Genre: Thriller, Horror
Director: Bert I. Gordon
Starring: Richard Carlson, Susan Gordon, Lugene Sanders, Juli Reding
MST Season: 4
What's this? A Bert I. Gordon film without forced perspective giant animals? Don't worry folks! There are still plenty of superimposed shots to make us feel right at home! Like The Magic Sword, Tormented is a bit of a departure for "Mr. B.I.G." We're used to a certain type of Gordon movie on the show and now season four of MST has given us a one-two punch of his experimental period. If this isn't your cup of tea, don't fret since Beginning of the End will soon be up to bat in season five!
Tormented is a ghost story about Tom Stewart, a musician who is blackmailed by an ex-lover named Vi. Confronting her in a lighthouse, Vi falls over a railing and as she's clinging on for life begs Tom to help her. Tom has a Christian Bale Batman moment of "I'm not going to kill you but I don't have to save you" and he lets her fall to her death. Fearing being linked to her death, Tom covers it up and tries to go about his life with his new fiance, but soon finds himself being haunted by both his guilt and Vi's ghost.
It's a fairly interesting Telltale Heart meets supernatural story, as we watch a man's desire to free himself of a potential threat through questionable means and have it spiral out of control. Tormented is a not entirely unwatchable movie, though while we understand their motivations these characters lack sympathy. This is probably intentional, though if Tom were less cold-hearted and conniving his story would pack more oomph. Vi is hard to sympathize with because she's a life-wrecking bitch, which she continues to play into even in the afterlife. At that point she has the excuse of having been indirectly murdered to be cruel, but it more or less just comes off as her fucking with him to amuse herself.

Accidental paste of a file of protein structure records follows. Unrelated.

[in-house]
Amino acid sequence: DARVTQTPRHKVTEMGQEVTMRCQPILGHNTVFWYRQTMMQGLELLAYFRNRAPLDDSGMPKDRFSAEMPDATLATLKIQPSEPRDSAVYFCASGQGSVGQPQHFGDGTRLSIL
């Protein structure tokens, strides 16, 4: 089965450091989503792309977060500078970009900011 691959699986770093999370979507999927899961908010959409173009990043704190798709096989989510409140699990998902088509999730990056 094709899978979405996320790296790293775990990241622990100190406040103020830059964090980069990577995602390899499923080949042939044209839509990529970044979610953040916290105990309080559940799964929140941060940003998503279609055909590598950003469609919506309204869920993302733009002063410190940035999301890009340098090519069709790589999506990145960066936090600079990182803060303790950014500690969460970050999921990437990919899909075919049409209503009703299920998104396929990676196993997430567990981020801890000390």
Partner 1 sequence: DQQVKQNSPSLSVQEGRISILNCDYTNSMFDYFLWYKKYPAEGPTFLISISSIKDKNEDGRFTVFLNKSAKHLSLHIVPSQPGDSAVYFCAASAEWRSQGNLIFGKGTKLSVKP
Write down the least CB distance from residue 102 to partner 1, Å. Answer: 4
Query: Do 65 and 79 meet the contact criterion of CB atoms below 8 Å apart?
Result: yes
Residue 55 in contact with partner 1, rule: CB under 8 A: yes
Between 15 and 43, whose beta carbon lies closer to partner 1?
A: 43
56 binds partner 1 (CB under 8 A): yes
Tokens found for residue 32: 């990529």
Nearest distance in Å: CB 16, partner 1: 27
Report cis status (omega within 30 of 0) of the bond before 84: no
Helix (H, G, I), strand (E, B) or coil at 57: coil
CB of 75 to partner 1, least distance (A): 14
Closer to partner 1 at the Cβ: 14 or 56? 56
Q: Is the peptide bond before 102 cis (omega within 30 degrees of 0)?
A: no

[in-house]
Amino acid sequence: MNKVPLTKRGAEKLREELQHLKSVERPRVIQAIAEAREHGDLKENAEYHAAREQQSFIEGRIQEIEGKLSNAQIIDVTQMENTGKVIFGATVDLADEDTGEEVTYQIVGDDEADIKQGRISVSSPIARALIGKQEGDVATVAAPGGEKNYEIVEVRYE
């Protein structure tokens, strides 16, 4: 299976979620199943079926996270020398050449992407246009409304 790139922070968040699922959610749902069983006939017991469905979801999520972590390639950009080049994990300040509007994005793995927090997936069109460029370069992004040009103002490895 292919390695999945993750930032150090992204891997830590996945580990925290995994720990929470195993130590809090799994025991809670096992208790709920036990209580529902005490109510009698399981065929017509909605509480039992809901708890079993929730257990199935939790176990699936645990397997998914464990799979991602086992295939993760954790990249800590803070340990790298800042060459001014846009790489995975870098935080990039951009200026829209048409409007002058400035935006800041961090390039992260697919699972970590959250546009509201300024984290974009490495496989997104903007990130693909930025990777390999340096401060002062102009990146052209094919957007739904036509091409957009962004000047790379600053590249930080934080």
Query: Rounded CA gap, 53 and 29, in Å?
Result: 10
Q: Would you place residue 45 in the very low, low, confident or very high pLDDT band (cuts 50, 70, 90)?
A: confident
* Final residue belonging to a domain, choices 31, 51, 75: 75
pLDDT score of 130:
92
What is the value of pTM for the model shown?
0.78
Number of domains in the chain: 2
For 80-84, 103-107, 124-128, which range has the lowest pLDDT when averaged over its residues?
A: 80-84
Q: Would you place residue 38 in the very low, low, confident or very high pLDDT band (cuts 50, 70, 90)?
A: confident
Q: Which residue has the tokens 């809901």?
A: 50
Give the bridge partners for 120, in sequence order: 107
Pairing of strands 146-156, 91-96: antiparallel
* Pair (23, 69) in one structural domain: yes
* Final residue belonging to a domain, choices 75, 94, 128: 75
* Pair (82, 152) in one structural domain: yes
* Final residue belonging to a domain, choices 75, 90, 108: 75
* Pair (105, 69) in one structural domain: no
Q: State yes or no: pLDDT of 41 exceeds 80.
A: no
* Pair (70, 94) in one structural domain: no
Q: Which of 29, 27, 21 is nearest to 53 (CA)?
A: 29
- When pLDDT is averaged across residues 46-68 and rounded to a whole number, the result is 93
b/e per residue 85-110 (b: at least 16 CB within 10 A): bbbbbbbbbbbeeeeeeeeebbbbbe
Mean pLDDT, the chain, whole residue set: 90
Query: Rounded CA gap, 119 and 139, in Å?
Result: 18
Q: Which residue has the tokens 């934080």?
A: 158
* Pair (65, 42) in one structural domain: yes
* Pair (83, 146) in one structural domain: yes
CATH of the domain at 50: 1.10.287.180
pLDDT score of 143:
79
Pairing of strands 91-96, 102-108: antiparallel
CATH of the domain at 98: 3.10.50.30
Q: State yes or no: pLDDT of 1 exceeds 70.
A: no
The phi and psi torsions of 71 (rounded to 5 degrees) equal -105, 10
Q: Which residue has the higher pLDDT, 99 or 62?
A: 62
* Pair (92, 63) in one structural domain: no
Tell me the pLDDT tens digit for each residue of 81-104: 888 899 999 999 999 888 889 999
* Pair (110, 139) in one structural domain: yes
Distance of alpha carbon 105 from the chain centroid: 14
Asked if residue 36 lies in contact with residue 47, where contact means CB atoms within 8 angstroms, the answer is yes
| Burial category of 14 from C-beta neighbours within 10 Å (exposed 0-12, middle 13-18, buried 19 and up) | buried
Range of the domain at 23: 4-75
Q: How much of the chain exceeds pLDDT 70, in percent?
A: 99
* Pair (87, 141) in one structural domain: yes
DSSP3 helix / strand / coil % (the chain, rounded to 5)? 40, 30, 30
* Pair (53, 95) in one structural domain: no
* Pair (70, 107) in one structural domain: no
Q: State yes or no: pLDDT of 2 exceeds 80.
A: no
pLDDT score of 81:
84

There are a handful of good shots, but overall film is rather routinely made, with typical Bert I. Gordon special effects. It's not particularly suspenseful, though the story is strong enough to carry it at points. Tormented is a fun cheapie that could have been more with more time and effort put into it, though the movie is content with being bare minimum "fine" instead.
Our gang is faced with a movie that doesn't quite hurt all that much this week and in turn they seem to go easy on it. Tormented has a lot of silly aspects that are played up, such as special effects and slimeball characters, but for the most part they are content with letting the movie play out. Are they into the movie? Not quite. They pay attention to it, but they seem mostly indifferent. With a solid quantity of laughs meeting the watchability of the film the Tormented theater segments are constantly engaging and quite funny.
The host segments have some fun parodying the film as well, which feature Servo and Crow posing as disembodied heads ("JOEL ROBINSON KILLED US!"), as well as contemplating whether or not they should save Joel when he finds himself dangling from the rafters. A tad lacking is a "go nowhere" segment where Joel and the Bots therapeutically contemplate sending popular singers over the lighthouse rail. A mostly okay invention exchange sees the Aunt Catherine Wheel and a Drinking Jacket.
On the surface Tormented doesn't seem to offer that much. The movie is okay, the riffing is above average, and the host segments are fine. The episode doesn't stand apart from the crowd though there is a good episode here that's easy to look over. I actually think I more or less just remember the episode for the memorable movie itself than the episode around it, but for me I'm going to say it's a solid base hit.
Tormented torments us from Rhino's Volume 11 release. Picture is good, audio is as well. Special features include a roundtable retrospective with Tormented cast and crew, including director Bert I. Gordon, his daughter and co-star Susan Gordon (who unfortunately passed on since this interview), and character actor Joe Turkel. Turkel's colorful charisma carries the conversation, while Mr. Gordon mostly relays stories about how he got started and how his films are made. Susan is mostly silent, though she does talk about how she became a child actor and how it affected her.
Also featured here are a set of MST Hour wraps and the film's theatrical trailer.